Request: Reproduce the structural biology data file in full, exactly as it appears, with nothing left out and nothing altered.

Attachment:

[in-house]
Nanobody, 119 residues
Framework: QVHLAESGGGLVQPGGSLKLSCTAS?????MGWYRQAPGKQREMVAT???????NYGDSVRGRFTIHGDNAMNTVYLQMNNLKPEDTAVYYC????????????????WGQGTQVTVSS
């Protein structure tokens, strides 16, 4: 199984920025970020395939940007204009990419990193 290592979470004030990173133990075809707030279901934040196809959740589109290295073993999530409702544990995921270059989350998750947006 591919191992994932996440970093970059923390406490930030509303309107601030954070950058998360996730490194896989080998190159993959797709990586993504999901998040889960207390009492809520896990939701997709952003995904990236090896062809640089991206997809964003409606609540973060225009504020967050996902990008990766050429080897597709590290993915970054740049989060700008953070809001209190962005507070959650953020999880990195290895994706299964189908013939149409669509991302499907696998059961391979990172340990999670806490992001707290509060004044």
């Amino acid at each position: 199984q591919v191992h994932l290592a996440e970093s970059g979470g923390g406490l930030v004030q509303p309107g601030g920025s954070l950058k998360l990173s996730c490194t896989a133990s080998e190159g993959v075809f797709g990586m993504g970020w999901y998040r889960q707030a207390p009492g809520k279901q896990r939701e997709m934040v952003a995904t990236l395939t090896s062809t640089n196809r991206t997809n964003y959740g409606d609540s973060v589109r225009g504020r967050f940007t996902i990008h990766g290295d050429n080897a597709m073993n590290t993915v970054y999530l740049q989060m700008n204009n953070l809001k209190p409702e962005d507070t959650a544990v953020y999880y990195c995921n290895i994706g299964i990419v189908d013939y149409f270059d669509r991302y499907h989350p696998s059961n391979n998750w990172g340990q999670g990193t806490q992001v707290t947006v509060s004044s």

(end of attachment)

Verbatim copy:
[in-house]
Nanobody, 119 residues
Framework: QVHLAESGGGLVQPGGSLKLSCTAS?????MGWYRQAPGKQREMVAT???????NYGDSVRGRFTIHGDNAMNTVYLQMNNLKPEDTAVYYC????????????????WGQGTQVTVSS
């Protein structure tokens, strides 16, 4: 199984920025970020395939940007204009990419990193 290592979470004030990173133990075809707030279901934040196809959740589109290295073993999530409702544990995921270059989350998750947006 591919191992994932996440970093970059923390406490930030509303309107601030954070950058998360996730490194896989080998190159993959797709990586993504999901998040889960207390009492809520896990939701997709952003995904990236090896062809640089991206997809964003409606609540973060225009504020967050996902990008990766050429080897597709590290993915970054740049989060700008953070809001209190962005507070959650953020999880990195290895994706299964189908013939149409669509991302499907696998059961391979990172340990999670806490992001707290509060004044």
């Amino acid at each position: 199984q591919v191992h994932l290592a996440e970093s970059g979470g923390g406490l930030v004030q509303p309107g601030g920025s954070l950058k998360l990173s996730c490194t896989a133990s080998e190159g993959v075809f797709g990586m993504g970020w999901y998040r889960q707030a207390p009492g809520k279901q896990r939701e997709m934040v952003a995904t990236l395939t090896s062809t640089n196809r991206t997809n964003y959740g409606d609540s973060v589109r225009g504020r967050f940007t996902i990008h990766g290295d050429n080897a597709m073993n590290t993915v970054y999530l740049q989060m700008n204009n953070l809001k209190p409702e962005d507070t959650a544990v953020y999880y990195c995921n290895i994706g299964i990419v189908d013939y149409f270059d669509r991302y499907h989350p696998s059961n391979n998750w990172g340990q999670g990193t806490q992001v707290t947006v509060s004044s």